Term Report 2007 - 2009

The 2007 - 2009 report on ISN activities is available here:

Download (pdf, 2.4 MB)

Detailed ISN History

Through the efforts of Roscoe R. Robinson and Gabriel Richet, two of the Society’s Past Presidents, ISN’s history between 1960 and 2001 has been detailed  in the below 100 page overview.

The History of ISN by R.Robinson and G. Richet (pdf, 15.1 MB)

The History of ISN (2001-2010) by Rashad S. Barsoum (pdf, 2.1 MB)

Brief ISN History

The ISN was created in 1960 following the 1st International Congress of Nephrology held that year in Geneva (Switzerland) and Evian-les-Bains (France), in large part as a result of the vision of Professor Jean Hamburger, who became the ISN’s Founder and first President.  Since its foundation ISN has promoted the worldwide advancement of education, science, and patient care in nephrology.

Up to 1995 ISN’s membership expanded to over 6,500 with members coming predominantly from North America, Western Europe and Japan. After a campaign in the mid 1990s to recruit members from the developing world, membership has grown to well over 8,000.

Given the early geographic representation of members the initial ISN meetings were designed for those operating in highly developed academic and clinical centers. For example the earlier scientific congresses were held within these same developed geographic areas and were targeted almost exclusively for this advanced audience. Likewise, diffusion of scientific and clinical research and updates on society affairs occurred via the Society’s journal Kidney International, whose distribution was limited to that membership type.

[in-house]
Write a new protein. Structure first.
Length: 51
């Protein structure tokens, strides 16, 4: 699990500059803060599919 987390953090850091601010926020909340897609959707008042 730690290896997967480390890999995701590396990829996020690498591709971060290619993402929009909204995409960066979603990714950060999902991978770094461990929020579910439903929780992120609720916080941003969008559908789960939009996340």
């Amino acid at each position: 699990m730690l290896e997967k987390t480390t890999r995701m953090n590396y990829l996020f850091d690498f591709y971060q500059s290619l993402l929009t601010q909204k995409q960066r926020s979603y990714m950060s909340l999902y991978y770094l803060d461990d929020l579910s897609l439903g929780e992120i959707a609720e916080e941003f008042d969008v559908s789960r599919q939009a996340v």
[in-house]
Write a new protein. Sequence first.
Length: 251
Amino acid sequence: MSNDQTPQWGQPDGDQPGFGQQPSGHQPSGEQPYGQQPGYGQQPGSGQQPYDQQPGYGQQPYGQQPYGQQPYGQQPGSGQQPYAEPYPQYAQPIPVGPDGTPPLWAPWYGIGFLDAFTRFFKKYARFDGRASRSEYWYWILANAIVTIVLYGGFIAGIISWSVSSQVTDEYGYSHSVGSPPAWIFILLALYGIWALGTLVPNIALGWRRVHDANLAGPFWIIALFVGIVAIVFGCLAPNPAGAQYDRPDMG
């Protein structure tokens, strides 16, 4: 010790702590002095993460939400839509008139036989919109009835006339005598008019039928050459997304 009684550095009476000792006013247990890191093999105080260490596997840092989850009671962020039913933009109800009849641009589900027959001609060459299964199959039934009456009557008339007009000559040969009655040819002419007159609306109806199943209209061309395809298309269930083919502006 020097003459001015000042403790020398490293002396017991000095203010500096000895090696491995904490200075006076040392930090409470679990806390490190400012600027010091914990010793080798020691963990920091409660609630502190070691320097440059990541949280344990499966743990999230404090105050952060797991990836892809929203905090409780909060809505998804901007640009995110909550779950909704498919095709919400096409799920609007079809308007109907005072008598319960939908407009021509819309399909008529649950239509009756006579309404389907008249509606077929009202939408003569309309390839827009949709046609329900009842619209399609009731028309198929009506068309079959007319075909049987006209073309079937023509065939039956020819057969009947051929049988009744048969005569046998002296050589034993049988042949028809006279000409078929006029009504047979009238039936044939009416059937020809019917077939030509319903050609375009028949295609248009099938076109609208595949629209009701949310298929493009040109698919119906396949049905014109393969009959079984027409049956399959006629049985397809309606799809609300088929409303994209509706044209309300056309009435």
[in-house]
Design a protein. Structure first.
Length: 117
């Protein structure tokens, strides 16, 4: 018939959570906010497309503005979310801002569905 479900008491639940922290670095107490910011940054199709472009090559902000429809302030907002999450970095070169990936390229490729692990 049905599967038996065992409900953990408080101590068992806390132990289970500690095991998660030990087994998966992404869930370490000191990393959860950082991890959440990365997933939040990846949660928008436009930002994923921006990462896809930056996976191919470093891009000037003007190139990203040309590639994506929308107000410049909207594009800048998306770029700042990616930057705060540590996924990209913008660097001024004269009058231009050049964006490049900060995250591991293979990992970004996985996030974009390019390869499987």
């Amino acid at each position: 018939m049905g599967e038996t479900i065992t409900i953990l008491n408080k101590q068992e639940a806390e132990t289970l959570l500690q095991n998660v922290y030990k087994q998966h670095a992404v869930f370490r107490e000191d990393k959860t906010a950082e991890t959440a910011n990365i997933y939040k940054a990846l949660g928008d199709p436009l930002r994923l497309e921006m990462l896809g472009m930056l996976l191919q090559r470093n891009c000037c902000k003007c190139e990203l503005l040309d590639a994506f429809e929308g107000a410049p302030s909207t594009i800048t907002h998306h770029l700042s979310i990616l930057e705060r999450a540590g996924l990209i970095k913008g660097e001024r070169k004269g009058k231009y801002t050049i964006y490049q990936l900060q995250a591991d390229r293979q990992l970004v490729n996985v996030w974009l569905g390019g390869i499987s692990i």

Similarly, the Forefront Conferences - launched in 1984 - focused on contemporary topics in basic sciences related to nephrology, which were primarily of interest to experts from North America, Europe, Japan and Australasia.

In order to better reach its colleagues and patients in economically less developed countries, the ISN expanded its activities with a large number of specific programs and initiatives aimed at these regions. As a result, the ISN has reached most parts of the world previously deprived of contact with renal science and renal patient care.

Initial developments included educational programs such as the Fellowship Program and the provision of Travel Grants to enhance accessibility to the ISN congresses. Subsequently, in the mid 1990s, all activities were intensified under the guidance of the specially created ISN Global Outreach (GO) Programs which intensified all outreach efforts and saw the creation of many more programs.

More recently, ISN has become increasingly involved in addressing chronic kidney disease and its prevention and has engaged in high-visibility partnerships and initiatives like the World Kidney Day, and collaborations with related non-renal medical specialties.

Along with a thorough revision of its By-Laws, ISN has recently undertaken to increase the involvement of younger nephrologists in its affairs by offering “In-Training” Memberships and launching a “Young Nephrologists” Committee.


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Donating to the Barbara L. and Robert W. Schrier Fund for Global Development in Nephrology is an easy way to help combat kidney disease around the world.

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